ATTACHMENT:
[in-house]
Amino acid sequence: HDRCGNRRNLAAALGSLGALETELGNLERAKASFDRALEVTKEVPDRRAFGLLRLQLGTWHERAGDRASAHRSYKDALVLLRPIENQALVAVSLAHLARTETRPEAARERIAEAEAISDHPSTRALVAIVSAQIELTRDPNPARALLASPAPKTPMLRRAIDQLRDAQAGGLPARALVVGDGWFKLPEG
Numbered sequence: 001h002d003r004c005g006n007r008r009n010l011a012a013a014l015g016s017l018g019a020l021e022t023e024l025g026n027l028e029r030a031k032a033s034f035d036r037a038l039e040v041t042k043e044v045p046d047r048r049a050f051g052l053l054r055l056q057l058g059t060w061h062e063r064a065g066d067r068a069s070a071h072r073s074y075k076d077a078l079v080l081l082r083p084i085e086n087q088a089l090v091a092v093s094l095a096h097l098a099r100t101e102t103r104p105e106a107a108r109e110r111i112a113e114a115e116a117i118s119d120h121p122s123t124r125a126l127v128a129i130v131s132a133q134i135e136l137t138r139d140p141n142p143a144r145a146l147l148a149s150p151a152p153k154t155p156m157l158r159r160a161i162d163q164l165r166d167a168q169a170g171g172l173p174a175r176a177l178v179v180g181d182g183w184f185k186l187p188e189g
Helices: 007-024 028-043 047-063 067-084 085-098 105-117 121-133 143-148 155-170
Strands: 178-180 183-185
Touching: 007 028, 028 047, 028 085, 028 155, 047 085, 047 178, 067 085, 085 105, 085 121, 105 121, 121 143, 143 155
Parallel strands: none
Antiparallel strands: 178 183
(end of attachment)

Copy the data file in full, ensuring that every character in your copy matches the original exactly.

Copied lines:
[in-house]
Amino acid sequence: HDRCGNRRNLAAALGSLGALETELGNLERAKASFDRALEVTKEVPDRRAFGLLRLQLGTWHERAGDRASAHRSYKDALVLLRPIENQALVAVSLAHLARTETRPEAARERIAEAEAISDHPSTRALVAIVSAQIELTRDPNPARALLASPAPKTPMLRRAIDQLRDAQAGGLPARALVVGDGWFKLPEG
Numbered sequence: 001h002d003r004c005g006n007r008r009n010l011a012a013a014l015g016s017l018g019a020l021e022t023e024l025g026n027l028e029r030a031k032a033s034f035d036r037a038l039e040v041t042k043e044v045p046d047r048r049a050f051g052l053l054r055l056q057l058g059t060w061h062e063r064a065g066d067r068a069s070a071h072r073s074y075k076d077a078l079v080l081l082r083p084i085e086n087q088a089l090v091a092v093s094l095a096h097l098a099r100t101e102t103r104p105e106a107a108r109e110r111i112a113e114a115e116a117i118s119d120h121p122s123t124r125a126l127v128a129i130v131s132a133q134i135e136l137t138r139d140p141n142p143a144r145a146l147l148a149s150p151a152p153k154t155p156m157l158r159r160a161i162d163q164l165r166d167a168q169a170g171g172l173p174a175r176a177l178v179v180g181d182g183w184f185k186l187p188e189g
Helices: 007-024 028-043 047-063 067-084 085-098 105-117 121-133 143-148 155-170
Strands: 178-180 183-185
Touching: 007 028, 028 047, 028 085, 028 155, 047 085, 047 178, 067 085, 085 105, 085 121, 105 121, 121 143, 143 155
Parallel strands: none
Antiparallel strands: 178 183